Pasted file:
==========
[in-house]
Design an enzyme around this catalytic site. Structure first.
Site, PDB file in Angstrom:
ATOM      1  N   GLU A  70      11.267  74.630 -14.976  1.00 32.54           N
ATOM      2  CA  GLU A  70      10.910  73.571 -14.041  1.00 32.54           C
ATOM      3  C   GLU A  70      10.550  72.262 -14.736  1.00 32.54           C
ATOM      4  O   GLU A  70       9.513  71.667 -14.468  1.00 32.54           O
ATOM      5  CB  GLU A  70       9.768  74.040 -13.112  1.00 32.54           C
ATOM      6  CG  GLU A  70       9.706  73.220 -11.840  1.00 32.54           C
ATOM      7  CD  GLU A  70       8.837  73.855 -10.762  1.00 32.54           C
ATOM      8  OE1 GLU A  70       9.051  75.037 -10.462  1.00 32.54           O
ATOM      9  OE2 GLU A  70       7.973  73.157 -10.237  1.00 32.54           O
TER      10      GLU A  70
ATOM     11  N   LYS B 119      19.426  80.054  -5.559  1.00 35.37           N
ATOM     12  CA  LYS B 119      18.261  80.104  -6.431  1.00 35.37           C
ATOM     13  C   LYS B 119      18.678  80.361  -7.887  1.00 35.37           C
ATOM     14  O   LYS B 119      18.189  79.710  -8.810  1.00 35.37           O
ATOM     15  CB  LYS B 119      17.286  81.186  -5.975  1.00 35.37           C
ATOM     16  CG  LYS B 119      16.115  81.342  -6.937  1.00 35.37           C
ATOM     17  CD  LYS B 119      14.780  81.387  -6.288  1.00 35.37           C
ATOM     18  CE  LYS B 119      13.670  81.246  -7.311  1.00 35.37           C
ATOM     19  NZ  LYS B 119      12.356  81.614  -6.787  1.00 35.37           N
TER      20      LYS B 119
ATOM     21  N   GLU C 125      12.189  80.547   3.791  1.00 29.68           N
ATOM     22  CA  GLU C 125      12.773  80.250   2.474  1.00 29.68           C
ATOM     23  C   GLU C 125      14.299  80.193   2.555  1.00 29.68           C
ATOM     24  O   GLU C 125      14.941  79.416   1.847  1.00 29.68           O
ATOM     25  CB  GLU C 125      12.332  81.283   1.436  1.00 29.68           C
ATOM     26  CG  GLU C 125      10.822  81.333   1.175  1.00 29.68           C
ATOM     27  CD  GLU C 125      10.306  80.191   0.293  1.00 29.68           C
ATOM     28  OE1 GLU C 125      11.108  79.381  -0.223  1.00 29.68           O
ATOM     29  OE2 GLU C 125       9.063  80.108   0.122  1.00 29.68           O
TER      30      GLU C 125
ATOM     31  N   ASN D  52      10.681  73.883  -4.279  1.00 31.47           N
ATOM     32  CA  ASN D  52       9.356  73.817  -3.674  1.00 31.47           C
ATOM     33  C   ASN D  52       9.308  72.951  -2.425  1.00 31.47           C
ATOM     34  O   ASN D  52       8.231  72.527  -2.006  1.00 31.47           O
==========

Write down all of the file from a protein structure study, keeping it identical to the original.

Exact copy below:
[in-house]
Design an enzyme around this catalytic site. Structure first.
Site, PDB file in Angstrom:
ATOM      1  N   GLU A  70      11.267  74.630 -14.976  1.00 32.54           N
ATOM      2  CA  GLU A  70      10.910  73.571 -14.041  1.00 32.54           C
ATOM      3  C   GLU A  70      10.550  72.262 -14.736  1.00 32.54           C
ATOM      4  O   GLU A  70       9.513  71.667 -14.468  1.00 32.54           O
ATOM      5  CB  GLU A  70       9.768  74.040 -13.112  1.00 32.54           C
ATOM      6  CG  GLU A  70       9.706  73.220 -11.840  1.00 32.54           C
ATOM      7  CD  GLU A  70       8.837  73.855 -10.762  1.00 32.54           C
ATOM      8  OE1 GLU A  70       9.051  75.037 -10.462  1.00 32.54           O
ATOM      9  OE2 GLU A  70       7.973  73.157 -10.237  1.00 32.54           O
TER      10      GLU A  70
ATOM     11  N   LYS B 119      19.426  80.054  -5.559  1.00 35.37           N
ATOM     12  CA  LYS B 119      18.261  80.104  -6.431  1.00 35.37           C
ATOM     13  C   LYS B 119      18.678  80.361  -7.887  1.00 35.37           C
ATOM     14  O   LYS B 119      18.189  79.710  -8.810  1.00 35.37           O
ATOM     15  CB  LYS B 119      17.286  81.186  -5.975  1.00 35.37           C
ATOM     16  CG  LYS B 119      16.115  81.342  -6.937  1.00 35.37           C
ATOM     17  CD  LYS B 119      14.780  81.387  -6.288  1.00 35.37           C
ATOM     18  CE  LYS B 119      13.670  81.246  -7.311  1.00 35.37           C
ATOM     19  NZ  LYS B 119      12.356  81.614  -6.787  1.00 35.37           N
TER      20      LYS B 119
ATOM     21  N   GLU C 125      12.189  80.547   3.791  1.00 29.68           N
ATOM     22  CA  GLU C 125      12.773  80.250   2.474  1.00 29.68           C
ATOM     23  C   GLU C 125      14.299  80.193   2.555  1.00 29.68           C
ATOM     24  O   GLU C 125      14.941  79.416   1.847  1.00 29.68           O
ATOM     25  CB  GLU C 125      12.332  81.283   1.436  1.00 29.68           C
ATOM     26  CG  GLU C 125      10.822  81.333   1.175  1.00 29.68           C
ATOM     27  CD  GLU C 125      10.306  80.191   0.293  1.00 29.68           C
ATOM     28  OE1 GLU C 125      11.108  79.381  -0.223  1.00 29.68           O
ATOM     29  OE2 GLU C 125       9.063  80.108   0.122  1.00 29.68           O
TER      30      GLU C 125
ATOM     31  N   ASN D  52      10.681  73.883  -4.279  1.00 31.47           N
ATOM     32  CA  ASN D  52       9.356  73.817  -3.674  1.00 31.47           C
ATOM     33  C   ASN D  52       9.308  72.951  -2.425  1.00 31.47           C
ATOM     34  O   ASN D  52       8.231  72.527  -2.006  1.00 31.47           O